Mary: I'm so sorry I missed your comment all that time ago! I've no idea how it happened but it did. I appreciate that you read so many of my hubs and I would never intentionally ignore them.

      The 'Sophie' in the photo is actually my first daughter held by me a few days after she was born, not her real name. Sophie is a name I've allocated to my second granddaughter who is indeed adorable! Thank you for your lovely comment. (I've since had a third granddaughter who is 1 next Tuesday!)

      I know you haven't written here for a while but I'm not sure why; I've a feeling I've read in other hubs that you haven't been well. If that's so, then I send you all my best wishes and pray that you are recovering. I will go to your profile and up-date.

      Looking forward to reading some of your super writing soon.


    • annart profile image

      Ann Carr 2 years ago from SW England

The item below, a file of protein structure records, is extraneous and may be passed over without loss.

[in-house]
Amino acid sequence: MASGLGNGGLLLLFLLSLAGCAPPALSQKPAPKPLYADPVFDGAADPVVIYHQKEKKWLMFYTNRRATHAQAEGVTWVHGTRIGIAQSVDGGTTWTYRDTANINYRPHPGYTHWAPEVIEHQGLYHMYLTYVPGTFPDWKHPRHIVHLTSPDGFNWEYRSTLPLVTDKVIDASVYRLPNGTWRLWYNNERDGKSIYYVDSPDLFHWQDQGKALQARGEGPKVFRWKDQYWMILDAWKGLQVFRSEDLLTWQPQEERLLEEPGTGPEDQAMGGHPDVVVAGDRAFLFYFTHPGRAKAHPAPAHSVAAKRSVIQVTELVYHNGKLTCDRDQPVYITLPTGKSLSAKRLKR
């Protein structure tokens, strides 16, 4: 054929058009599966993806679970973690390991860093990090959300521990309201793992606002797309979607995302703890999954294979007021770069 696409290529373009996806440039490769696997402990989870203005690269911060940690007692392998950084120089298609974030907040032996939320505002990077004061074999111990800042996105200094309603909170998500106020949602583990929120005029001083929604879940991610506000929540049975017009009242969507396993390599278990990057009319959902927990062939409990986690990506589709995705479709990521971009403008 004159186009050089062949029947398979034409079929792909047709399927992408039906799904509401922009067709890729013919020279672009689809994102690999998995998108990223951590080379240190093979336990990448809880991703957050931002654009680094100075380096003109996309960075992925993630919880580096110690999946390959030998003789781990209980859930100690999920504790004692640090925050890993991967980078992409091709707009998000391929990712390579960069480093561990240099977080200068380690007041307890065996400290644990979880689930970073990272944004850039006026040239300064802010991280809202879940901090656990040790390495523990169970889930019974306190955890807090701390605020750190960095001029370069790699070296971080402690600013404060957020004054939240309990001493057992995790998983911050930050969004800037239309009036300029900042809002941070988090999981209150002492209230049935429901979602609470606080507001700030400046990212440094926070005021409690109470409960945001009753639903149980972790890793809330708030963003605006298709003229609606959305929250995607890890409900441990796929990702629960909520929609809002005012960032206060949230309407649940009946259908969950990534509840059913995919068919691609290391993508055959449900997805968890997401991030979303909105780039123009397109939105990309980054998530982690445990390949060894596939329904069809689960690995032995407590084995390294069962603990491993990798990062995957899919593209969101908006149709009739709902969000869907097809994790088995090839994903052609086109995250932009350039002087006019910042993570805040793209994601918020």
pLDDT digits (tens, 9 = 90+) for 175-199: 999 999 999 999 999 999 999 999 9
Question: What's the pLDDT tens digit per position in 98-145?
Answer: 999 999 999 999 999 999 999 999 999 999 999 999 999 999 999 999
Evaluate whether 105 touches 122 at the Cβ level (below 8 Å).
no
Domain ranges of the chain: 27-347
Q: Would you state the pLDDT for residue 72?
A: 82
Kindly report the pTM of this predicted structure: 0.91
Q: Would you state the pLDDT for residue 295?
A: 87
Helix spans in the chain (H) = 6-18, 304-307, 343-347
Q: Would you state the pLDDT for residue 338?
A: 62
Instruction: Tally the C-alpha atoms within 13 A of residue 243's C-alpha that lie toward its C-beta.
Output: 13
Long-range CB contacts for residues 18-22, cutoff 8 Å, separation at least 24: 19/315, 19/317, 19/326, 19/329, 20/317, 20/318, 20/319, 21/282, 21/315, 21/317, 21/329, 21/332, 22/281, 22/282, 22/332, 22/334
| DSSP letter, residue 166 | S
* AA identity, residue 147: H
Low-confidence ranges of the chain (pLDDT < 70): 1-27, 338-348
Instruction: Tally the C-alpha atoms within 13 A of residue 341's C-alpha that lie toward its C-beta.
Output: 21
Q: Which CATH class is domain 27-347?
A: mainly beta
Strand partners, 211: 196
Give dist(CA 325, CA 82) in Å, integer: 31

Patricia: I did it again; missed your comment! Apologies once more. The book hasn't materialised yet but is still in the making; it takes a while when we're both busy!

      Hope all's well with you.


    • tillsontitan profile image

      Mary Craig 3 years ago from New York

      My iPad won't let me edit my comment. I had to come back and tell you how adorable your lovely Sophie is!

    • tillsontitan profile image

      Mary Craig 3 years ago from New York

      Your story is amazing and so beautiful. I have a grandson who is having some jealousy issues with his two year old cousin, my granddaughter. It seems as she got older he got a bit more jealous. We're working on it and pointing out how much time we spend with him and how much fun we have together, etc.